Students find ways to eat locally year-round
Crimson White – Nov. 20
Cities around the United States are seeing a growing trend in local farmers markets where residents can buy food they know is grown in the same state they call home. The trend has led to a new name for participating consumers: a locavore. Such a person is defined as someone interested in eating food that is locally produced and not transported long distances to market. Among the reasons to eat locally grown food, the one that tends to top everyone’s list is that the food is healthier and tastes better than chemically altered and processed foods you may find in a grocery store. It is also better for local economies, as farmers are able to retain their farmland because they are profiting off their products directly. The local food concept is the foundation of Homegrown Alabama, the campus farmers market that is set up on the Canterbury Episcopal Chapel lawn Thursdays from April 12 until Oct. 27 from 3 to 6 p.m. Homegrown Alabama is a student-led group at The University of Alabama that seeks to educate students about the value of local produce, as well as foster partnerships between local farmers and the University. Mo Fiorella, market manager for Homegrown Alabama, said Homegrown tries to make sure nothing sold at the farmers market comes from more than three hours away from Tuscaloosa. “That’s the whole point of our farmers market,” Fiorella said. “The closer farmers get preference, because we want it to count as genuinely local.”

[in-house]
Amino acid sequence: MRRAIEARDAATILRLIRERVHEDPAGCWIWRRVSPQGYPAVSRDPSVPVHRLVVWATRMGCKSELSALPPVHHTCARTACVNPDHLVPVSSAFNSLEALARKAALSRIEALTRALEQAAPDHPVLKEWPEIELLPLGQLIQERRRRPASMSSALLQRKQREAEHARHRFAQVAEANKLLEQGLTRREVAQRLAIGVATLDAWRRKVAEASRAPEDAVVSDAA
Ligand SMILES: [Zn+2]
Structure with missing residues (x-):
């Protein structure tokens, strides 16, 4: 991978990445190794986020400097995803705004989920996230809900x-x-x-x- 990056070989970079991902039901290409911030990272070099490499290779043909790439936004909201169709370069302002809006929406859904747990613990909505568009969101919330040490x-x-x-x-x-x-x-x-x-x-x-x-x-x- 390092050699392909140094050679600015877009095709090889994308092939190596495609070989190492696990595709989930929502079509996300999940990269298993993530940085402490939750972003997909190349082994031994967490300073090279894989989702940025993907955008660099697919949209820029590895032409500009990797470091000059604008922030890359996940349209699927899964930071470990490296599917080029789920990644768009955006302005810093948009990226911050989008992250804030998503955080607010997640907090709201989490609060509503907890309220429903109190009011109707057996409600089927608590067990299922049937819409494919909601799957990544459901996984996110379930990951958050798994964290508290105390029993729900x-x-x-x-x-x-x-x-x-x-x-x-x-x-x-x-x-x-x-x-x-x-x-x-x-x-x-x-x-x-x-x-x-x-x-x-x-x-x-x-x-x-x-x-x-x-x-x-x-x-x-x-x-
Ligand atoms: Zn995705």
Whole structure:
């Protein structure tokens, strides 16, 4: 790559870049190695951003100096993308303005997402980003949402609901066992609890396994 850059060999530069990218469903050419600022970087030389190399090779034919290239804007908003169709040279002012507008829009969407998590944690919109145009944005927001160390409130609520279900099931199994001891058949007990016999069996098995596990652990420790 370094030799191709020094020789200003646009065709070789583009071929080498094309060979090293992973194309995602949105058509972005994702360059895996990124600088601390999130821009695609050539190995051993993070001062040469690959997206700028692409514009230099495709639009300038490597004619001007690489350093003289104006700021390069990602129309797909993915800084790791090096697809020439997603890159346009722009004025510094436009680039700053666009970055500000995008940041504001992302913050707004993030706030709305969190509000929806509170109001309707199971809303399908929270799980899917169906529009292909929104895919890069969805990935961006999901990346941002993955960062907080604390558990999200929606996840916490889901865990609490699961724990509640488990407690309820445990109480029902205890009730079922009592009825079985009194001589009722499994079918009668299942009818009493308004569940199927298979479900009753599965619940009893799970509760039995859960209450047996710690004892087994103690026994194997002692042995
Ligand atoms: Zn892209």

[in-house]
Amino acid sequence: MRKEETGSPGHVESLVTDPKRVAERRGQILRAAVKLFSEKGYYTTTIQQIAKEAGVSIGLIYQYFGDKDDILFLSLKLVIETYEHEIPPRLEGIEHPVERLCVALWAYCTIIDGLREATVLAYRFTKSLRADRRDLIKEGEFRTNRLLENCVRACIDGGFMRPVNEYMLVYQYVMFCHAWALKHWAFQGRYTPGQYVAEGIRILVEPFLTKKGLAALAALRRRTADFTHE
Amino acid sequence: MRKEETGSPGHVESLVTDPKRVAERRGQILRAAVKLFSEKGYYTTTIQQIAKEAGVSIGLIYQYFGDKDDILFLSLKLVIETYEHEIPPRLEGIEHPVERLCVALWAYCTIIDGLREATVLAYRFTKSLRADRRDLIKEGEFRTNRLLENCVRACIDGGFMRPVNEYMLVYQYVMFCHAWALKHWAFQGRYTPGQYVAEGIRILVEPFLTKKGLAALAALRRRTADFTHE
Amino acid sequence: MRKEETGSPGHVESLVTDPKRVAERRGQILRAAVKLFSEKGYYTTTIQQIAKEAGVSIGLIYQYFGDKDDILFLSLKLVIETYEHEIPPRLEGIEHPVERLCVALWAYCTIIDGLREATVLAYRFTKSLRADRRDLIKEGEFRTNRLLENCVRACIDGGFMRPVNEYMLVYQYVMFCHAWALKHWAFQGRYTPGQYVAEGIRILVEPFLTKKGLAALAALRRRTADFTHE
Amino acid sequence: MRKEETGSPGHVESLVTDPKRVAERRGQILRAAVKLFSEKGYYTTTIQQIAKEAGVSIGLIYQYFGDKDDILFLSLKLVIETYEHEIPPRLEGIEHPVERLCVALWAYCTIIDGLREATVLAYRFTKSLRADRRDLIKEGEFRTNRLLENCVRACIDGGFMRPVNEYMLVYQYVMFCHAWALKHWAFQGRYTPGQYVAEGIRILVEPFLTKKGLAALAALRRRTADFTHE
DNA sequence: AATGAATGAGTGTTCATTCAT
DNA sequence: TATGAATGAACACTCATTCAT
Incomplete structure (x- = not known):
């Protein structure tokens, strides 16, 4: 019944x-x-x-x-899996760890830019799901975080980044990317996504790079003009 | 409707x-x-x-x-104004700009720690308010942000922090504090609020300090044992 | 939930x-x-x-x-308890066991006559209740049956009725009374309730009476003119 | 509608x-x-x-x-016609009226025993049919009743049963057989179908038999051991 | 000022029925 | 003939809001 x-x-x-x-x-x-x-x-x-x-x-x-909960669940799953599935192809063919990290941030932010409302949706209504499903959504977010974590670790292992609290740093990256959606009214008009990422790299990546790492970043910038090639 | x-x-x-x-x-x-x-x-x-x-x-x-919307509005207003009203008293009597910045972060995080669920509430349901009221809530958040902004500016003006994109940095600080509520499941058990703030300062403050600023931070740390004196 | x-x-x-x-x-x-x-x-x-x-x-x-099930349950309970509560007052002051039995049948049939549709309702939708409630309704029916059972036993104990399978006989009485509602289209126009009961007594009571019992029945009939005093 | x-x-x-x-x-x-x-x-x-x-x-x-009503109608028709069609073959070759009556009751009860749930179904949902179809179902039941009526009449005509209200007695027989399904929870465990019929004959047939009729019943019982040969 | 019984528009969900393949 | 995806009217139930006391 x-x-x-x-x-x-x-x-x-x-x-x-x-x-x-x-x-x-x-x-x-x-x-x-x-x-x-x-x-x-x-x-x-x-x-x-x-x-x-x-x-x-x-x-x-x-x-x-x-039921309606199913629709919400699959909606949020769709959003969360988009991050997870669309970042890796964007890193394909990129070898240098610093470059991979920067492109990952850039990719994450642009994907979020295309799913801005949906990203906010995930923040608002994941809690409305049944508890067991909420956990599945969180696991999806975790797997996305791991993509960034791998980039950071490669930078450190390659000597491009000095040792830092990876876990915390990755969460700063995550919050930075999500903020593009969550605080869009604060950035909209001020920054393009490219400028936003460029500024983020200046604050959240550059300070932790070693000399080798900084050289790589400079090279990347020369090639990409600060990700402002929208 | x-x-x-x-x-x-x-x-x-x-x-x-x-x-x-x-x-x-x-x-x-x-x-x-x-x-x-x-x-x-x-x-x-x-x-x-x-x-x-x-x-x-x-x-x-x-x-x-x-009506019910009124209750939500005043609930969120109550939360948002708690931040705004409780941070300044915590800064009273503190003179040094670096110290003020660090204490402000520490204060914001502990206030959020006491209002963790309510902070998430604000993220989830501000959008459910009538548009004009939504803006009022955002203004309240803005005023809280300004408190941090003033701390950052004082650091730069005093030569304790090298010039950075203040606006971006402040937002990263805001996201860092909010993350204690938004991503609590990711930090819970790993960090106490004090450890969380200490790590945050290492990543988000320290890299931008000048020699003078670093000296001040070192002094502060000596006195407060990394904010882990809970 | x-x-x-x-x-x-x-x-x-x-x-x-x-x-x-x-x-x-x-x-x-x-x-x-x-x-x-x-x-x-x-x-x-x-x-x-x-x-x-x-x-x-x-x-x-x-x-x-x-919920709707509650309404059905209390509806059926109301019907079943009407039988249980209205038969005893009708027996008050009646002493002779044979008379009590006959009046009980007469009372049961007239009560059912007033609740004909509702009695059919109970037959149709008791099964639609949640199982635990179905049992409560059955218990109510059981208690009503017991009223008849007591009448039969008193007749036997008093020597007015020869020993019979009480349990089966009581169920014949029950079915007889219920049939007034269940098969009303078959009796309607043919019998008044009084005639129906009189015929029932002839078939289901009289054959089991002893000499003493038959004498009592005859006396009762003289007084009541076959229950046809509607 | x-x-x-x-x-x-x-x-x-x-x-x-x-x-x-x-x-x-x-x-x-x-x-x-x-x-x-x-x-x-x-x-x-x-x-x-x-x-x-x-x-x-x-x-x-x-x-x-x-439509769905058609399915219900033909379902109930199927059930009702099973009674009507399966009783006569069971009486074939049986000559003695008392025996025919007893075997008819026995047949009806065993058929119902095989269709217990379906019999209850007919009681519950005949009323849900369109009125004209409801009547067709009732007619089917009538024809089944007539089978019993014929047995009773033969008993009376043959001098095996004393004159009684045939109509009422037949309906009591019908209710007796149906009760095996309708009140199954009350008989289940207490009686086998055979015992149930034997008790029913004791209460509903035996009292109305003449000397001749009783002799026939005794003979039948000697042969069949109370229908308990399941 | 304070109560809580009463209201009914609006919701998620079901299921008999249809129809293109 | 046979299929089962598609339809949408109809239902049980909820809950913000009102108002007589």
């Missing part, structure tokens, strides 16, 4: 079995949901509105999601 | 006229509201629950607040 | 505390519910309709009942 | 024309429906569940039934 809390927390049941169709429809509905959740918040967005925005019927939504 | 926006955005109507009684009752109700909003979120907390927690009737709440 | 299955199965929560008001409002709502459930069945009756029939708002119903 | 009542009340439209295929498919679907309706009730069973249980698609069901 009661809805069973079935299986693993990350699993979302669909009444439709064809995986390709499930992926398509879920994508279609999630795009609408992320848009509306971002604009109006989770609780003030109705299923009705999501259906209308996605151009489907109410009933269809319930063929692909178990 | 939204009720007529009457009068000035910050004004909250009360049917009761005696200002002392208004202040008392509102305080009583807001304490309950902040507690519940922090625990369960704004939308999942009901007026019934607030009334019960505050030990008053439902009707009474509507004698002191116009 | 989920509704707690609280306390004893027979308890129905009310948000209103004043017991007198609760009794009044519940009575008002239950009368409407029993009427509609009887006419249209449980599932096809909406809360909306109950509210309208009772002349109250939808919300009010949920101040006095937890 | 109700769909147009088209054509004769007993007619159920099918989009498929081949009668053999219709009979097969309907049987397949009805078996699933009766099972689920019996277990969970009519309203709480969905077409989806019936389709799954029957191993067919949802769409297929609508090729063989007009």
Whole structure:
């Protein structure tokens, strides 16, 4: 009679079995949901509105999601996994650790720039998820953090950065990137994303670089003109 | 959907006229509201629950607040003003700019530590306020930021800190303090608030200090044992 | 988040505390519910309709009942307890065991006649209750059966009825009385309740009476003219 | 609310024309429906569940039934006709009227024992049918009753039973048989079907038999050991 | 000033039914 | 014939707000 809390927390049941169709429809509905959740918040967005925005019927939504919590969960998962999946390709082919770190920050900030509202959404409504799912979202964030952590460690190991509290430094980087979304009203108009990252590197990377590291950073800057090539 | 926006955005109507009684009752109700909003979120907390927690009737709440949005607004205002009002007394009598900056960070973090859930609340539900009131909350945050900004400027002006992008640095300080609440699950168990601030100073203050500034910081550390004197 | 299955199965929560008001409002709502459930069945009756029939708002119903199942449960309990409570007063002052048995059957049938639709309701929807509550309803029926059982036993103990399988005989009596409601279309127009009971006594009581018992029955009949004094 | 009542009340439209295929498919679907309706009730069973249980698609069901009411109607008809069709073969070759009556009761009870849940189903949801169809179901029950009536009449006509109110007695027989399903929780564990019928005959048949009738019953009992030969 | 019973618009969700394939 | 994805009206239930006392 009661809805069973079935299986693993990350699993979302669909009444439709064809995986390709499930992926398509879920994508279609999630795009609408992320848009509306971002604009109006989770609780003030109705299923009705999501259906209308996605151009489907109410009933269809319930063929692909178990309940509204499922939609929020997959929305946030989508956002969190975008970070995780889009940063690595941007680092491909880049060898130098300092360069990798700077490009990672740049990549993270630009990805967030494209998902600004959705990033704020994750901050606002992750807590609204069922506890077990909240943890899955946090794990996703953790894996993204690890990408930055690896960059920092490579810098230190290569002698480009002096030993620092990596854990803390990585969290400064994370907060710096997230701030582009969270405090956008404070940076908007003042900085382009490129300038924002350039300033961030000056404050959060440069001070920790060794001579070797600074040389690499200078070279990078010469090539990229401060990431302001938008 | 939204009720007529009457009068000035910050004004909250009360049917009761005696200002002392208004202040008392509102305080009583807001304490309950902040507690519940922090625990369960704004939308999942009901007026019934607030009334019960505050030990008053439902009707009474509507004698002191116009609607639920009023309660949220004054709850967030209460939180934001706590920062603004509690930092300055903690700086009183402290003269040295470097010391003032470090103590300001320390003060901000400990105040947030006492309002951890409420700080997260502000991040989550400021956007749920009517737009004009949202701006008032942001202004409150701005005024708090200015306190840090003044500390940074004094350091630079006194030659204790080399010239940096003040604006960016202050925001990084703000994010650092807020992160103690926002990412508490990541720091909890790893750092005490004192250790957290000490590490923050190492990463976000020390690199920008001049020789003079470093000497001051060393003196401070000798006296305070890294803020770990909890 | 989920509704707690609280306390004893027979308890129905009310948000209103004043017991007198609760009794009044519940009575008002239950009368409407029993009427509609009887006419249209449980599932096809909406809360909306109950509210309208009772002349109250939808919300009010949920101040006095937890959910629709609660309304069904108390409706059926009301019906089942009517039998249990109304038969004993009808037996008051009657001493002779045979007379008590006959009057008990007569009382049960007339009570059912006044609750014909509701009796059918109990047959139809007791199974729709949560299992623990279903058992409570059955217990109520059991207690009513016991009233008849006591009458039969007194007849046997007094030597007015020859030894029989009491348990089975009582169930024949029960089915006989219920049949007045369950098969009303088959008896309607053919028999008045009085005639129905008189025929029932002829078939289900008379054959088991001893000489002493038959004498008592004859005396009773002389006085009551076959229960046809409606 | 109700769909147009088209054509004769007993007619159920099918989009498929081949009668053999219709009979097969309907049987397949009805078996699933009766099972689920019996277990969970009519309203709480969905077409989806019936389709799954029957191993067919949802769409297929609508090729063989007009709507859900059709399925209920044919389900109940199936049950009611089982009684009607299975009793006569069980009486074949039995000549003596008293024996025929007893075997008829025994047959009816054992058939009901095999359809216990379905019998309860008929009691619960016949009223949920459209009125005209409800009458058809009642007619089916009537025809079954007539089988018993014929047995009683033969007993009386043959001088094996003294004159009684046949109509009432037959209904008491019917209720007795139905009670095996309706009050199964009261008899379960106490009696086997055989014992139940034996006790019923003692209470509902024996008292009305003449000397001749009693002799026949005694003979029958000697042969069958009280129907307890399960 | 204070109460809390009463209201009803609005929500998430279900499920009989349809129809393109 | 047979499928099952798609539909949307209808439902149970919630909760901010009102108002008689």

Social media pops up in classes
Crimson White – Nov. 20
Social media has quickly cemented itself in the day-to-day, hour-to-hour, and often minute-to-minute lives of college students. However, on The University of Alabama campus, it’s used for more than mindless tweeting and Facebook creeping. “Social media has really expanded our ability to go into forms of education that are just not possible when you see your students twice a week,” Jason DeCaro, associate professor of anthropology, said. DeCaro and many professors around the University’s campus have integrated social media into their classrooms and haveseen the web-based media creep into their fields of study. As the director of instructional technology, DeCaro said his department has embraced social media as a tool to expand the way they communicate with not only their majors and minors, but also to their broader community, including alumni across the world. In the classroom, a variety of blogs and social media groups have facilitated broad study and greater connectivity he said. In DeCaro’s neuro-anthropology class, his students are required post to or comment on a open Facebook group devoted to the interest. “It wasn’t that I needed them to get social media experience,” DeCaro said. “It was really that there’s no better place for them to interact with not only other students, but leaders in the community.”